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Human Rights Abuses

    August 02, 2013

    The Iranian authorities must seize the opportunity presented by a change of leadership to fulfil the aspirations of many Iranians and undertake a complete overhaul of human rights in the country, said Amnesty International ahead of the inauguration of the new President this weekend.  
     
    Hassan Rouhani, the 64-year old cleric who has been described as a moderate, will be sworn in as President on Sunday 4 August 2013. Amnesty International has published a set of recommendations to the Iranian authorities, setting out a road map to address the abysmal human rights situation in the country.

    "For too long Iran has failed to live up to its human rights obligations under domestic and international law. After years of repression and international isolation, the Iranian authorities must stop posturing and acknowledge the severity of human rights violations in the country,” said Hassiba Hadj Sahraoui, Amnesty International’s Deputy Director for the Middle East and North Africa.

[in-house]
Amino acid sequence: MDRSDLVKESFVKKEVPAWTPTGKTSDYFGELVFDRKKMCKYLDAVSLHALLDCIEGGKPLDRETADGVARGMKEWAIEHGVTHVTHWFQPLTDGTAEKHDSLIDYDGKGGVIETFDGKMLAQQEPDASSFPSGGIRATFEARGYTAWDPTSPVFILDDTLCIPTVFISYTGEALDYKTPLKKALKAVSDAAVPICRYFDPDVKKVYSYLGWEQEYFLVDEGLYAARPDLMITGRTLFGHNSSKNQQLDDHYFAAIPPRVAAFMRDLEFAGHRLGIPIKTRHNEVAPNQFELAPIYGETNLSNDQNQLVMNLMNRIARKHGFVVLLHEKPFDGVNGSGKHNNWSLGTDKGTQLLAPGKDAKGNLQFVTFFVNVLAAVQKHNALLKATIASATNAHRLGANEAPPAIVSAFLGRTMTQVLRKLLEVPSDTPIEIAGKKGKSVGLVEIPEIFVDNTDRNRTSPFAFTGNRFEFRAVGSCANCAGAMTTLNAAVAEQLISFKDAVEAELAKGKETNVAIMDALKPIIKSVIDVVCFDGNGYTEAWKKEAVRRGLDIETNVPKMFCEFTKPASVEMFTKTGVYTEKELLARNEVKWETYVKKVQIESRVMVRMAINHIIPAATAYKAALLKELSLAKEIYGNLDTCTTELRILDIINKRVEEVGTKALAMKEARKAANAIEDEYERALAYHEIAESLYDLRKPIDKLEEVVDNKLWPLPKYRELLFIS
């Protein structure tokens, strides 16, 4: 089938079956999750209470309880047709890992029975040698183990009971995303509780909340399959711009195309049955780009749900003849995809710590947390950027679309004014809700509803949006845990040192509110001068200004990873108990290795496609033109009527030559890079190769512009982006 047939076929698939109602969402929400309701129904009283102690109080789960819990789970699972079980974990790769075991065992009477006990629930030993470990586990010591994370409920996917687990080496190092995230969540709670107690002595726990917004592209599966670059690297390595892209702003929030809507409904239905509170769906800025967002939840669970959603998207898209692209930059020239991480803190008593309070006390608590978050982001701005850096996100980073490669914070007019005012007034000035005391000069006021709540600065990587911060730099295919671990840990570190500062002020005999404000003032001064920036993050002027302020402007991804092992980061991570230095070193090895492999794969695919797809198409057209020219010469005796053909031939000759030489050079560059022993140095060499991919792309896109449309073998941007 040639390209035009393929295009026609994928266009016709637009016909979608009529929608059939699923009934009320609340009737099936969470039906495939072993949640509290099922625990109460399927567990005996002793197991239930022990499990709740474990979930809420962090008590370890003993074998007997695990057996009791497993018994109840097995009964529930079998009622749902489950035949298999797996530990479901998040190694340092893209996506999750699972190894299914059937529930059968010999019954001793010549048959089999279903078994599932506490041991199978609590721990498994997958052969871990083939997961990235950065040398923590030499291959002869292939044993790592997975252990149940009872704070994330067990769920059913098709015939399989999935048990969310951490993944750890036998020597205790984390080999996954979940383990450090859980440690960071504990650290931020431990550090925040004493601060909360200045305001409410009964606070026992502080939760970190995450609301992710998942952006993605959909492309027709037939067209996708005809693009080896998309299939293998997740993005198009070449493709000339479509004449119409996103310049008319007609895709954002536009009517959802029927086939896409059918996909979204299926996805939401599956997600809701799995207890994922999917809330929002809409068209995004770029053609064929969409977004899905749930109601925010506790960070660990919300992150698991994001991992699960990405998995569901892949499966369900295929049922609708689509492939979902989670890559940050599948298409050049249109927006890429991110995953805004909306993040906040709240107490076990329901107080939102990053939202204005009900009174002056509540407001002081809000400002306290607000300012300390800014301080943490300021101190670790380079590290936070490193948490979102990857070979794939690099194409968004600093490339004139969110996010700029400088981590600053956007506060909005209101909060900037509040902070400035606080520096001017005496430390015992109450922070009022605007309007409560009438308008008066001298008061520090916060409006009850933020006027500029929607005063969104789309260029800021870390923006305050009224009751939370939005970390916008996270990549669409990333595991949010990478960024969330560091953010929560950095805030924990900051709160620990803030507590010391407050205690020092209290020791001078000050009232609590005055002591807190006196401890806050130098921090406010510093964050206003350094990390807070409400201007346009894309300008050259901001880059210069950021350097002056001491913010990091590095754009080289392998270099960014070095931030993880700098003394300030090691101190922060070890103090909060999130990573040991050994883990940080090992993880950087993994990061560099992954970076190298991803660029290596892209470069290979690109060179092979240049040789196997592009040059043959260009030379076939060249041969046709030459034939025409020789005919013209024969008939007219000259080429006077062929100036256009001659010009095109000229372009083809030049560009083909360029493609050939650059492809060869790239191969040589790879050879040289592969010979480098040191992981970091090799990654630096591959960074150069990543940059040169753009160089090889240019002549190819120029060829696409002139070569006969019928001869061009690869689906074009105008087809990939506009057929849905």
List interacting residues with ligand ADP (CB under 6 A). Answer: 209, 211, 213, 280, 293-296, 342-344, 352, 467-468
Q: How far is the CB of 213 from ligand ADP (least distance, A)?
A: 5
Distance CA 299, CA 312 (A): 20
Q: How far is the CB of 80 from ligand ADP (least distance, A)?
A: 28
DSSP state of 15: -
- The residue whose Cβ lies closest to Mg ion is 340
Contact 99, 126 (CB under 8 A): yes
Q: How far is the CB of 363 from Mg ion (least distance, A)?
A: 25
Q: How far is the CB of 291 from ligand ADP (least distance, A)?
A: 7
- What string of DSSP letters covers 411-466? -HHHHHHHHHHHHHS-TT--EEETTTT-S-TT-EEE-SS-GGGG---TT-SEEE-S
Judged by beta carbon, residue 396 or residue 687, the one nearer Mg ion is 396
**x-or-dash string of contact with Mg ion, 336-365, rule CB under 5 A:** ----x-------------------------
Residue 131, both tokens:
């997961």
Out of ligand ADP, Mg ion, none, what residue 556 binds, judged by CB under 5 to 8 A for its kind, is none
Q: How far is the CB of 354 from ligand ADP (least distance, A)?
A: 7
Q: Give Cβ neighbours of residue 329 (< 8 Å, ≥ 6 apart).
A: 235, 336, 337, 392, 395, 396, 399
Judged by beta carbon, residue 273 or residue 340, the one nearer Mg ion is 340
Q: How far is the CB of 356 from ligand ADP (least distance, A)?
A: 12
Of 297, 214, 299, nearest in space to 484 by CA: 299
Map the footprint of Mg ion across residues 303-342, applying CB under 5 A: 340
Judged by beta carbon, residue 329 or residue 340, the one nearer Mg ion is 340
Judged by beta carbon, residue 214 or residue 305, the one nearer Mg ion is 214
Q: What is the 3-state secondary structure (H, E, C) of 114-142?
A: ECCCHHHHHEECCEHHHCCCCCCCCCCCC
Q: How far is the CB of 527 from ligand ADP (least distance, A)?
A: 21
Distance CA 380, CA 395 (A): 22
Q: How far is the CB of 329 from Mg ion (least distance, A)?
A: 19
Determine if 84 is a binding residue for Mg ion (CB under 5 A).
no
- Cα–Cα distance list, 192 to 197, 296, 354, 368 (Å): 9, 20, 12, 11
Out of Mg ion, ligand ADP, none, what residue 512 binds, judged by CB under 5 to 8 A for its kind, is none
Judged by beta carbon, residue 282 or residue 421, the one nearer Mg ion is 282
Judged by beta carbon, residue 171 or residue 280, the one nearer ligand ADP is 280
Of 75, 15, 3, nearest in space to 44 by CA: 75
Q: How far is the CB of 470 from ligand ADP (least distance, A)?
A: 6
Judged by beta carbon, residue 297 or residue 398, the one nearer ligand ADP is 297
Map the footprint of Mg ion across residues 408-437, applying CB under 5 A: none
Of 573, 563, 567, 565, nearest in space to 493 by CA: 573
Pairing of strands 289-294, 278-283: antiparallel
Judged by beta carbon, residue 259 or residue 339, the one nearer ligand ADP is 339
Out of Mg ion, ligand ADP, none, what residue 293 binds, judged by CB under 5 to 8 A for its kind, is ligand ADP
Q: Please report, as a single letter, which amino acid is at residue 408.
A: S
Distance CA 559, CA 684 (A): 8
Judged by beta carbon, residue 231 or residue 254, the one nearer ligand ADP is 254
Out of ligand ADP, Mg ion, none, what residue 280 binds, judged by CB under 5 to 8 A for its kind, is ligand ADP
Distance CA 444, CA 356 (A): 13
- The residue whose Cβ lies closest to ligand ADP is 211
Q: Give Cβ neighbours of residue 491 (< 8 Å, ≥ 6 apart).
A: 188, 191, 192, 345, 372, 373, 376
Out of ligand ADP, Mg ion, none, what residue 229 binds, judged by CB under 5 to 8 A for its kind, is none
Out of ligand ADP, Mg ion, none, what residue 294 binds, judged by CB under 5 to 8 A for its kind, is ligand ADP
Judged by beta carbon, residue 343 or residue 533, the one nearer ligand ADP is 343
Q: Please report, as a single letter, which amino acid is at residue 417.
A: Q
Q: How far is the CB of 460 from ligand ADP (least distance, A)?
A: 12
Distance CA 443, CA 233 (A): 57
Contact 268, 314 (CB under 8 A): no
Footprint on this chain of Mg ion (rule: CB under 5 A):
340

August 01, 2013

    A ruling by Thailand’s Supreme Court shows how the authorities have failed to provide justice for 85 people that died at the hands of the security forces in Tak Bai, Amnesty International said.

    “Today’s ruling ignores the actions of security forces and officials involved in events that led to deaths of 85 people. Their actions were either intentional or negligent and therefore those involved should be brought to court. Families have been waiting for more than eight years for justice,” said Isabelle Arradon, Amnesty International’s Deputy Asia Pacific Director.

    On 25 October 2004 security forces opened fire on protesters demonstrating outside Tak Bai police station in the southern province of Narathiwat.

    Seven were shot dead, and a further 78 were suffocated or crushed to death in army vans transporting them to a military detention camp. Some 1,200 people were also held in military custody for days without medical attention, many of whom were severely injured.

    July 31, 2013